Publication Date


Document Type

Masters Thesis


School for Social Work


Doctoral students-Psychology, Self-efficacy, Procrastination, Doctoral dissertation


Procrastination and self-efficacy have been studied over the years; however, there is a gap in the literature on the relationship between the two constructs and in relation to the populations in which researchers have chosen to focus. The present study used quantitative approaches to explore the relationship, if any, that existed between procrastination and self-efficacy in graduate students finishing a doctoral dissertation (N=19). Data were collected using an anonymous online survey which included demographic questions, the General Self-Efficacy Scale (GSES), and the Tuckman Procrastination Questionnaire (TPQ). The GSES calculated levels of self-efficacy and the TPQ assessed levels of procrastination. The major finding was that procrastination and self-efficacy were strongly correlated in graduate students finishing a doctoral dissertation. Further relationships between the constructs and demographic data were explored as well.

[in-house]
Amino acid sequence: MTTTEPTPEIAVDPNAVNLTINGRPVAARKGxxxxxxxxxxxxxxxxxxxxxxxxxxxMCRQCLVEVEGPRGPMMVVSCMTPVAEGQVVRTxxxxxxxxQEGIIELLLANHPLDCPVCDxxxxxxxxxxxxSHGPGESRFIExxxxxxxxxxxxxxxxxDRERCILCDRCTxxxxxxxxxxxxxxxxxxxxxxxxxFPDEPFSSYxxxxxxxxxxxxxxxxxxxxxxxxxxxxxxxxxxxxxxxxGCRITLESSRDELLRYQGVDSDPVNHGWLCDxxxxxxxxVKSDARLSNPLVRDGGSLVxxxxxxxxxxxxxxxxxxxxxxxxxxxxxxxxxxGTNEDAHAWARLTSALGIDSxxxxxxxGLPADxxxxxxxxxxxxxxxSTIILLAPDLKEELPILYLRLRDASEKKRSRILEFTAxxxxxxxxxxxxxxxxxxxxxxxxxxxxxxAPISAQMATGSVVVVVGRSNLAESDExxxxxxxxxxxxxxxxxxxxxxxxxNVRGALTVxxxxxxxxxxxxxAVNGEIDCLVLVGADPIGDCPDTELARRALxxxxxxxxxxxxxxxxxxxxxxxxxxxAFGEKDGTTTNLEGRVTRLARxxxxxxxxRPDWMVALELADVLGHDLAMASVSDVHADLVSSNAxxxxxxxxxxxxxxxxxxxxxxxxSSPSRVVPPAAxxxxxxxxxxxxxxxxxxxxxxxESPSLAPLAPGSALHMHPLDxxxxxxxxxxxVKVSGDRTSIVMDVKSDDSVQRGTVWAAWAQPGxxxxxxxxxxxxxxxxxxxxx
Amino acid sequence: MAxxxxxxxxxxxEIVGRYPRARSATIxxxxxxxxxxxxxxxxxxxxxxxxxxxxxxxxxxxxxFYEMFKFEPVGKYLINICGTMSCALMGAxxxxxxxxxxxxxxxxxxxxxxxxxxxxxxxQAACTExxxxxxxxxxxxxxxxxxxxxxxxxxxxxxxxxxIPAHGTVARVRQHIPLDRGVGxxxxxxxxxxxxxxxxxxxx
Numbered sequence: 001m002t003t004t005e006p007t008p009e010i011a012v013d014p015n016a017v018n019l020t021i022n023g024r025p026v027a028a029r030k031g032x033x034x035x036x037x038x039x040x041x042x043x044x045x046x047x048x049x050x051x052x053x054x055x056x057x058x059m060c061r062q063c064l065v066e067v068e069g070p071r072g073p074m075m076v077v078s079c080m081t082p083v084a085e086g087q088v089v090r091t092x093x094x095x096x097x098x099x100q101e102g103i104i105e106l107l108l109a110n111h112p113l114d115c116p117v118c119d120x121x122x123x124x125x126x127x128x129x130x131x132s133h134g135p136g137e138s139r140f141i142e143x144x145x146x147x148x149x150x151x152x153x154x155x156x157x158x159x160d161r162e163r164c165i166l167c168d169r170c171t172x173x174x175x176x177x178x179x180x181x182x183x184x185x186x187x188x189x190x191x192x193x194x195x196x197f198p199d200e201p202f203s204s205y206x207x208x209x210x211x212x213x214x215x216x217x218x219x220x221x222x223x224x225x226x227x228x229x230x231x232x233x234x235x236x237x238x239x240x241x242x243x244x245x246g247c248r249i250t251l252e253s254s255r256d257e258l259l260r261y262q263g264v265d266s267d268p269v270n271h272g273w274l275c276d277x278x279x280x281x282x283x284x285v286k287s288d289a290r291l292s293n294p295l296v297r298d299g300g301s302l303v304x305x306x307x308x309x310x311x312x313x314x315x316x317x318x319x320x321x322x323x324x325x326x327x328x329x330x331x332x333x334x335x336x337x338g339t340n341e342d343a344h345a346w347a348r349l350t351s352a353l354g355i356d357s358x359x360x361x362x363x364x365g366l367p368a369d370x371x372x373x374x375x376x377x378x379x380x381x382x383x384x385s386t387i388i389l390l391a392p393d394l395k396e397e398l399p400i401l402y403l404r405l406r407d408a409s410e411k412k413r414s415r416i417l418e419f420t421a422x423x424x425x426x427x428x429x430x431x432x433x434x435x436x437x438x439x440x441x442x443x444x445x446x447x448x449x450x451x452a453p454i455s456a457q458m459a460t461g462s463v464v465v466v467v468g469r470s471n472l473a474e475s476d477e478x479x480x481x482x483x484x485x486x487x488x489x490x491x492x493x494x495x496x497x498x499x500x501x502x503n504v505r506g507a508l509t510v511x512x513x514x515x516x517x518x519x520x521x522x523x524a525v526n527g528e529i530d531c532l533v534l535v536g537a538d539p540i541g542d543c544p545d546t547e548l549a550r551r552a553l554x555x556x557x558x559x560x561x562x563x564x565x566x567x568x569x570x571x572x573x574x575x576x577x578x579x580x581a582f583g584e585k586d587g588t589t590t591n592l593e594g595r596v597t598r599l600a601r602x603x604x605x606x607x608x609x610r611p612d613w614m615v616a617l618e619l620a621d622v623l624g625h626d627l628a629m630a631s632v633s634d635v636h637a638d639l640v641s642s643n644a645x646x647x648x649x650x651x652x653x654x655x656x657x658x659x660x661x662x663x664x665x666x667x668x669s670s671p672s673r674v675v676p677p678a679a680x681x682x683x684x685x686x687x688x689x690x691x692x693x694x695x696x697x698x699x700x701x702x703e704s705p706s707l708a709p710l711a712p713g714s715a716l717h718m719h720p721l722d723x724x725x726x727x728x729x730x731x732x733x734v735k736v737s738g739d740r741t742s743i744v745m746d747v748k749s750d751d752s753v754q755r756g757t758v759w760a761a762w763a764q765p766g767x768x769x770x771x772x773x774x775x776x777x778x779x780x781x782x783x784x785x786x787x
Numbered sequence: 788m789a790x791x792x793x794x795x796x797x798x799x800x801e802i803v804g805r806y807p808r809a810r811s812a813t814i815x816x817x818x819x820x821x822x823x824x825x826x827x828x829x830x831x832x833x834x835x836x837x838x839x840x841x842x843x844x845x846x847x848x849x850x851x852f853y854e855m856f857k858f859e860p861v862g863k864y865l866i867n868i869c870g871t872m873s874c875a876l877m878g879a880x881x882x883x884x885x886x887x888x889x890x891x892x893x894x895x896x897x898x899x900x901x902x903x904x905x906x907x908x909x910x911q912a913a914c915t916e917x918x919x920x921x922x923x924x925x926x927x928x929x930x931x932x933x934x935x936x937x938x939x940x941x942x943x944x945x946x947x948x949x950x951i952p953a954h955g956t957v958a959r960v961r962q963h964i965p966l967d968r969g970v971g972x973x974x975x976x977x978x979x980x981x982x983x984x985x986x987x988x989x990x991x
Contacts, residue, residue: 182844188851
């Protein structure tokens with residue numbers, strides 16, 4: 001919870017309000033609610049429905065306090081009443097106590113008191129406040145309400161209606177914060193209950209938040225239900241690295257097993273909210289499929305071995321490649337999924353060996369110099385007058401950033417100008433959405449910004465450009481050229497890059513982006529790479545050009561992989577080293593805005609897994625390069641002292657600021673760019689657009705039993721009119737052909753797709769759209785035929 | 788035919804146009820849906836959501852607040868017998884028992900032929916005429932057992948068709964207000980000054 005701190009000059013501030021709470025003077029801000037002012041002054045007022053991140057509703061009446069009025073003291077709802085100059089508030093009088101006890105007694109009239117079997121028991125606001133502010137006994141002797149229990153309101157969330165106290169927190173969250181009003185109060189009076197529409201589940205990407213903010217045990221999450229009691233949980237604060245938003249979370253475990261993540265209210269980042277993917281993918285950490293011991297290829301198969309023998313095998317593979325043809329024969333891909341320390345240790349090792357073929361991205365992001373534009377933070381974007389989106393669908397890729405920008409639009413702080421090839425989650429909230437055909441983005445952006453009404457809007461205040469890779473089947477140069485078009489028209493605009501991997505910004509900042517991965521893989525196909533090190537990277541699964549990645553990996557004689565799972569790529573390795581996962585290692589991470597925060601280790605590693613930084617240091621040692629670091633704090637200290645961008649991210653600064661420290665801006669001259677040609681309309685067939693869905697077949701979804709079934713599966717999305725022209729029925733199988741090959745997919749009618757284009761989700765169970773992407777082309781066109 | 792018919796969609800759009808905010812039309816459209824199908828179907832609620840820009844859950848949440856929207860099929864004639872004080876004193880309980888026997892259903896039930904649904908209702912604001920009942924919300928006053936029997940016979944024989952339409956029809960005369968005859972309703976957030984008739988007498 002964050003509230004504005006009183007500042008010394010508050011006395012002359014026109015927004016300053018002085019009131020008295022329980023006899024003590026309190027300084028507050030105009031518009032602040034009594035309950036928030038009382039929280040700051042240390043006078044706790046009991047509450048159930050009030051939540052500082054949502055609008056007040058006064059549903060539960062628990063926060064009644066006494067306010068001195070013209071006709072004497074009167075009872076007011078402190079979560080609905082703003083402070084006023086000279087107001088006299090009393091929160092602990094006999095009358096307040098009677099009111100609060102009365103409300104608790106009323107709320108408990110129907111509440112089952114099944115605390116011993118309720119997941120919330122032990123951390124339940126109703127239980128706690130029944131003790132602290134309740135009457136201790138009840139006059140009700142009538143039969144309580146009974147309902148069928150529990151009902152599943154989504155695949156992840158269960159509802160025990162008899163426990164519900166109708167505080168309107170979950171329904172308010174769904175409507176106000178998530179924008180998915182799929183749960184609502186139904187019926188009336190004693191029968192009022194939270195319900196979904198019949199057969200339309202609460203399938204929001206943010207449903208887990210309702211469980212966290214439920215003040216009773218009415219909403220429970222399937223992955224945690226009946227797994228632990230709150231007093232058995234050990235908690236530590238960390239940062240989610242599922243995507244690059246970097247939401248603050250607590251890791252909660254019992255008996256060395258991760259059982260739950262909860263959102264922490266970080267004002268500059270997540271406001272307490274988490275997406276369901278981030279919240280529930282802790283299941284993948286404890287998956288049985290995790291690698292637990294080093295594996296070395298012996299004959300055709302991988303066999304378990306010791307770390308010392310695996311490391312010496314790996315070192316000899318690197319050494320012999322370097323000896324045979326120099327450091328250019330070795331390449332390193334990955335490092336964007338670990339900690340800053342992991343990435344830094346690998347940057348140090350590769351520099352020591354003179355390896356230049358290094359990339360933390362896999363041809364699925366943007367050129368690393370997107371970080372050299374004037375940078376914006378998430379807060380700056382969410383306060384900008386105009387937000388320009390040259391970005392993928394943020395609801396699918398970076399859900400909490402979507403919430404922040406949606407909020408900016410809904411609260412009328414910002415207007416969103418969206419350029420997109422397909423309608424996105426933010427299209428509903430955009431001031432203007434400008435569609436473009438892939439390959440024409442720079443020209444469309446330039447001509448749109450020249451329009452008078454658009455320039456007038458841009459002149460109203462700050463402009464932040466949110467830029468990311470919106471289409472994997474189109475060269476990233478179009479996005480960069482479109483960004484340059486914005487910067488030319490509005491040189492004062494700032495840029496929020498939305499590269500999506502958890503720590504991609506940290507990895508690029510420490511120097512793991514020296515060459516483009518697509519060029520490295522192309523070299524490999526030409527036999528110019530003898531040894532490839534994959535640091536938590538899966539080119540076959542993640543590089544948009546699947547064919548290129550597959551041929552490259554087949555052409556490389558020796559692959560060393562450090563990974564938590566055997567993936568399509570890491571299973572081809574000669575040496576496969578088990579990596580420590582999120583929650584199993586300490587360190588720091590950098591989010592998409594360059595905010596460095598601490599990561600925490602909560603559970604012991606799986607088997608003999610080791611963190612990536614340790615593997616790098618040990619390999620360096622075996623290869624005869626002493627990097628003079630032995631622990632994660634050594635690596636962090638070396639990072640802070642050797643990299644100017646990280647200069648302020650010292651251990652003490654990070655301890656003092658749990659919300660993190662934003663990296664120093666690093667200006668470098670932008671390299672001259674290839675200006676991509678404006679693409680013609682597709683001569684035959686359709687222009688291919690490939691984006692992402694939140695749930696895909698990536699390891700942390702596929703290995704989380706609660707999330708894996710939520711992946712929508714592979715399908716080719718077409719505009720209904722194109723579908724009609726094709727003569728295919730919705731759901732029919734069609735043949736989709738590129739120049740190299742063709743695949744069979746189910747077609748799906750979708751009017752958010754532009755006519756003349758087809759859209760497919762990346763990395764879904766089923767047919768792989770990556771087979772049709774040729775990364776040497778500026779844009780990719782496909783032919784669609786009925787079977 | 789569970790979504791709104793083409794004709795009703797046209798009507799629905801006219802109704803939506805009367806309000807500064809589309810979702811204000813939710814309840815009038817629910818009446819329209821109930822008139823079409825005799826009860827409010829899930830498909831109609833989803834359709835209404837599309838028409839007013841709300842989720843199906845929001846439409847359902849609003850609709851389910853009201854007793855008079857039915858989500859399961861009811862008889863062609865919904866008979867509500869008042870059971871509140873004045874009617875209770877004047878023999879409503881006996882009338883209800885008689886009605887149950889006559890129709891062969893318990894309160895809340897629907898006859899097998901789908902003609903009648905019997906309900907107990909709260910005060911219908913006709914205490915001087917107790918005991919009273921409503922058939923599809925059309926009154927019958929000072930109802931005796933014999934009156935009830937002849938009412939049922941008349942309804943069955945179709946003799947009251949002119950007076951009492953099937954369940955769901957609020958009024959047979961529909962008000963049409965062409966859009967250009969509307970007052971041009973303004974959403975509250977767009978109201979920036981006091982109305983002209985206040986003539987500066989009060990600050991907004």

v, 46 p. Thesis (M.S.W.)-Smith College School for Social Work, Northampton, Mass., 2011. Includes bibliographical references (p. 36-39)